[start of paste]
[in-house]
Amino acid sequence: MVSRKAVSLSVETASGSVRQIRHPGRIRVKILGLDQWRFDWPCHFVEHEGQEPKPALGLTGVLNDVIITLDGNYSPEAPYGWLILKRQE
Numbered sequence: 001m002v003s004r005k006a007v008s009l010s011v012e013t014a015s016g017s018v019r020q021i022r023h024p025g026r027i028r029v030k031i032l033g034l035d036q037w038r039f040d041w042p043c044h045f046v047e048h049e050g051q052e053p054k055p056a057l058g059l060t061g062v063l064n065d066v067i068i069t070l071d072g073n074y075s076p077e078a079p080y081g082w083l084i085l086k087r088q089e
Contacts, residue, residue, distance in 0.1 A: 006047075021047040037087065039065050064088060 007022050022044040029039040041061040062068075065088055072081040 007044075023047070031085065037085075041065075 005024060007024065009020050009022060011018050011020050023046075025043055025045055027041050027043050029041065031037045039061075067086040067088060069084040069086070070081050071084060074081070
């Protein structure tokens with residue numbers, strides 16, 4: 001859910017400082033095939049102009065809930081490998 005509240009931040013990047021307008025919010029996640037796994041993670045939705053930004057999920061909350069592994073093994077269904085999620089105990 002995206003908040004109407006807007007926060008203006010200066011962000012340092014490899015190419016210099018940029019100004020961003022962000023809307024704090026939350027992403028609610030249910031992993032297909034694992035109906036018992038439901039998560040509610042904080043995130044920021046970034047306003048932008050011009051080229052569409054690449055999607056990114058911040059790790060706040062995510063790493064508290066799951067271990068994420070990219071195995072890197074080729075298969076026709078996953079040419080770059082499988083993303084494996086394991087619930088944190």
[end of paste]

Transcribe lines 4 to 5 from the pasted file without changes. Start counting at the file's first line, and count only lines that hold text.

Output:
Contacts, residue, residue, distance in 0.1 A: 006047075021047040037087065039065050064088060 007022050022044040029039040041061040062068075065088055072081040 007044075023047070031085065037085075041065075 005024060007024065009020050009022060011018050011020050023046075025043055025045055027041050027043050029041065031037045039061075067086040067088060069084040069086070070081050071084060074081070
């Protein structure tokens with residue numbers, strides 16, 4: 001859910017400082033095939049102009065809930081490998 005509240009931040013990047021307008025919010029996640037796994041993670045939705053930004057999920061909350069592994073093994077269904085999620089105990 002995206003908040004109407006807007007926060008203006010200066011962000012340092014490899015190419016210099018940029019100004020961003022962000023809307024704090026939350027992403028609610030249910031992993032297909034694992035109906036018992038439901039998560040509610042904080043995130044920021046970034047306003048932008050011009051080229052569409054690449055999607056990114058911040059790790060706040062995510063790493064508290066799951067271990068994420070990219071195995072890197074080729075298969076026709078996953079040419080770059082499988083993303084494996086394991087619930088944190």